As the multitudinous images of excrement-smeared faces recedes from the consciousness, what persists in residing is the perturbing perception that, in Salò, anything is possible. Pasolini crafts an alternate reality which conserves a familiar social structure (the hierarchical pyramid from top-to-bottom: elites → accomplices → victims), but he shatters the legislative glass ceiling designed to curb hegemonic abuses. Consequently, all restrictions to the tyrannies inflicted by the elites are eradicated – it is, after all, these individuals who make the laws of governance – and so it follows that there is no end to the complacency of the accomplices, nor any respite to the exploitation of the victims. As one of the libertines memorably declares: “We fascists are the only true anarchists.” – and the shit-eating episode therefore comes to epitomise the height of authoritarian anarchy; an anarchy of power that gleefully nurtures brutality. Even the slightest hint of dissidence is swiftly repressed in Salò‘s monstrously insular milieu (though one of the film’s most resonant images remains the Communist salute of a nude, recalcitrant guard, causing the libertines to collectively gasp in momentary disbelief before gunning him down). Detached from the outside world and shielded from its scrutiny, Salò can turn upon only itself. How appropriate then, that its inhabitants should end up ingesting the faecal so vividly – what better metaphor could there be for the transgressions of a societal microcosm hung up on self-extirpation?

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Lost amidst the grotesqueries is an assertion that offers cause for greater alarm than any of the film’s disconcerting visuals. Although frequently damned for his simplistic, bludgeon-like approach, Pasolini’s treatise decisively embraces the complexity within the historiography of fascism. So it stands that totalitarianism is acknowledged as an impossible goal and, with the film degenerating into its murderous finale, it suddenly emerges that a significant proportion of the prisoners have been covertly flouting the libertines’ preposterous “rules”. Naturally, the disobedience offers little cause for concern in its own right (given the context, its almost certainly admirable), yet the manner in which the dissent is exposed betrays the full, staggering extent of the director’s despondence in his fellow man. It’s easy to view Salò as an (overzealous) cautionary tale against the concentration of power in relatively few hands, but the film is interlaced with telltale signs that suggest something is gravely amiss with such perspectives: the prevailing passivity of the victims; the brief close-ups that allude towards not just their acceptance, but the actual enjoyment of their suffering. Bowdlerised emotions are biding their time and awaiting their release, and when the investigation into the adolescent deviance eventually commences, each of the detainees makes an attempt to delay their demise by accusing another of greater misdeeds. And so a domino effect ensues; the instinct for self-preservation devolving into a pathological desire to destroy one another, thereby provoking a battle for survival where it’s no longer the fittest that necessarily triumph, but the most ruthless. Salò‘s very foundations now crumble before our eyes – not due to the futility of the totalitarian ideal, but because its entire order is upended: absolute power doesn’t merely corrupt those who wield it, it defiles those that are subjugated by it too; the director contending that victims can become just as complicit in their victimisation as their oppressors. Faced with the banality of evil and the silence of humanity, Pasolini sees only one answer: a wave of annihilation – which, in this setting, is an act of love if ever there was one.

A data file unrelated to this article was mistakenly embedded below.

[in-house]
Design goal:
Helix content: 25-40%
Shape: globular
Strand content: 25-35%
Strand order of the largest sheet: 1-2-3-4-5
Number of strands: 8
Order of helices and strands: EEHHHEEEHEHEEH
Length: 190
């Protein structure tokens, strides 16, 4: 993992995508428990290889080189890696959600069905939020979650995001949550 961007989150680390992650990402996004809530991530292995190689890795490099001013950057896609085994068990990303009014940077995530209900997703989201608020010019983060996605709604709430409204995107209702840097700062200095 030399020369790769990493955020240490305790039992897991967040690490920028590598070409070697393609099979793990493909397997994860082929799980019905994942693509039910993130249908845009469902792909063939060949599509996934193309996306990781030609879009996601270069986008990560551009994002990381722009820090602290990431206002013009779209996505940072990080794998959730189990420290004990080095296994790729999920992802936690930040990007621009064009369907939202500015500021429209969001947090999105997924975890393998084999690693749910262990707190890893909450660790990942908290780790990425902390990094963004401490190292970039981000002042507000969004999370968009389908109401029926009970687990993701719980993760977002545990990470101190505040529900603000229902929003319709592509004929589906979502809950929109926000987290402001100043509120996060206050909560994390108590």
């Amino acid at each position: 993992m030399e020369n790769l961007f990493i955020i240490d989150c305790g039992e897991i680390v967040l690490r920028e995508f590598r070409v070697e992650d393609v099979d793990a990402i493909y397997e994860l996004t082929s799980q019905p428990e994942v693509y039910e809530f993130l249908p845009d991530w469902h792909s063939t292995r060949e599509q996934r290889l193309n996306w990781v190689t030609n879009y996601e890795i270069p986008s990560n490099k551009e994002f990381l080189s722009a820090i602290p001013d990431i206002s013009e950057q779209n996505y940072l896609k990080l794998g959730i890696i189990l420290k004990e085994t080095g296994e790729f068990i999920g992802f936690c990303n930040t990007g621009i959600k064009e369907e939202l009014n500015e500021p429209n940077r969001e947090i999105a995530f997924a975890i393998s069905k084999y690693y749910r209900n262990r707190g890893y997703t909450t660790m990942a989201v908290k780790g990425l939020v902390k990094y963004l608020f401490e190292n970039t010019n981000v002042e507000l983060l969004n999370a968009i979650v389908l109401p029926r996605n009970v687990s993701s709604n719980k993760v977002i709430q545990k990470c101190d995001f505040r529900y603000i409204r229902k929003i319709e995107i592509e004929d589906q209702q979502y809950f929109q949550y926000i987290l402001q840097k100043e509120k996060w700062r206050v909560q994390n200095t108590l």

Salò‘s allegorical indictments threaten to read like failures; the insane ramblings of a misguided, troubled radical. Indeed, the director’s dejection becomes much easier to dismiss when one considers that his action takes place in a theatre of cruelty that’s like no other in cinema. If innocents and tyrants subsequently become indistinguishable, it’s because he coerces them into illogical scenarios from which it’s impossible to draw reasonable conclusions. Except therein lies the problem. Salò‘s extremities aren’t as extreme as decades of censorship would imply, and the horrors that occur within its confines are all too plausible for the contemporary viewer. For all his Brechtian distancing manoeuvres (his formalism, his abrasions, his vulgarity), Pasolini can’t quite suppress the devastating reality that lurks beneath the veil of his entropic vision. And he knows it. Painfully aware of his art’s woeful inability to incite a revolutionary overhaul of Italian society c. 1975, he retreats into a nihilistic wilderness and defecates on each and every one of his fellow citizens. In the film’s most confrontational gesture, he reverses a pair of binoculars to implicate his unwitting audience in the slaughters on-screen; challenging us to question the integrity behind our voyeurism, imploring us to look directly into the eyes of the inhumane. And yet, in spite of all the violence that occurs before our eyes, the utmost act of savagery is saved for the very last scene – a scene that yields nothing in the way of bloodshed and terror but instead offers a revelation which, really, we knew all along. That is to say: Salò has stamina; Salò has stealth; Salò is a survivor. Salò lives!

And long may it continue to do so.

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We are healed of a suffering only by experiencing it to the full.

– Marcel Proust